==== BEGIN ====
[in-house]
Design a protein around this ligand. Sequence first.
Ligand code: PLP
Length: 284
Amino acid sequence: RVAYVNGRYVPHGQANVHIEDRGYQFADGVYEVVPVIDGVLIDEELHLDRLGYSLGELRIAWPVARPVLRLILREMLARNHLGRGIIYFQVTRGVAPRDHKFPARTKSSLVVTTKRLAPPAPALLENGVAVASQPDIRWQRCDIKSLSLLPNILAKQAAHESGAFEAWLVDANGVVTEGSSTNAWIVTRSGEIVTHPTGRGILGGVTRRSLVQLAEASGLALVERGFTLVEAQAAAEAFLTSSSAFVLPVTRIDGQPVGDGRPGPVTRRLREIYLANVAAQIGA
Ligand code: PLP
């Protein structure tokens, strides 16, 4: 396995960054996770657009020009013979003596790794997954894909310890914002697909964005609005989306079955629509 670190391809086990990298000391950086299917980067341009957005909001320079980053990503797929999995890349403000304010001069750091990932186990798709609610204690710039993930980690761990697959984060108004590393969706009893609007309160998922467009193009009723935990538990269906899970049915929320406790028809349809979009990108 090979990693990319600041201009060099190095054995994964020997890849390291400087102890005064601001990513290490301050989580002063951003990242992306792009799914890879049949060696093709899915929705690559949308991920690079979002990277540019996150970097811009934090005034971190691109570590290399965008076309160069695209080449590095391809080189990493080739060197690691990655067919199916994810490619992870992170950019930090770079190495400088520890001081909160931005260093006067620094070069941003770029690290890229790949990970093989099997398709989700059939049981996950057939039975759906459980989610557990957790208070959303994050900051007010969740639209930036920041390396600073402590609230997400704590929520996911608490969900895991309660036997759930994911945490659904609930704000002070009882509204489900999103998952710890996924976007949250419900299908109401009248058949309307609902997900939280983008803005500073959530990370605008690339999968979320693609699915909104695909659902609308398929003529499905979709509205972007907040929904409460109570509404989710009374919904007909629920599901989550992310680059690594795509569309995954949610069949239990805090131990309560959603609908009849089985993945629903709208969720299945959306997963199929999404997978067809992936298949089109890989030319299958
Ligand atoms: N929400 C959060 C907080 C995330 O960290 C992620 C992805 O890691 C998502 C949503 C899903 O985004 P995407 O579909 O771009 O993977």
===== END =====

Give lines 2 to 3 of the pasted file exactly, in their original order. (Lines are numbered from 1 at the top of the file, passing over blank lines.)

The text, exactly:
Design a protein around this ligand. Sequence first.
Ligand code: PLP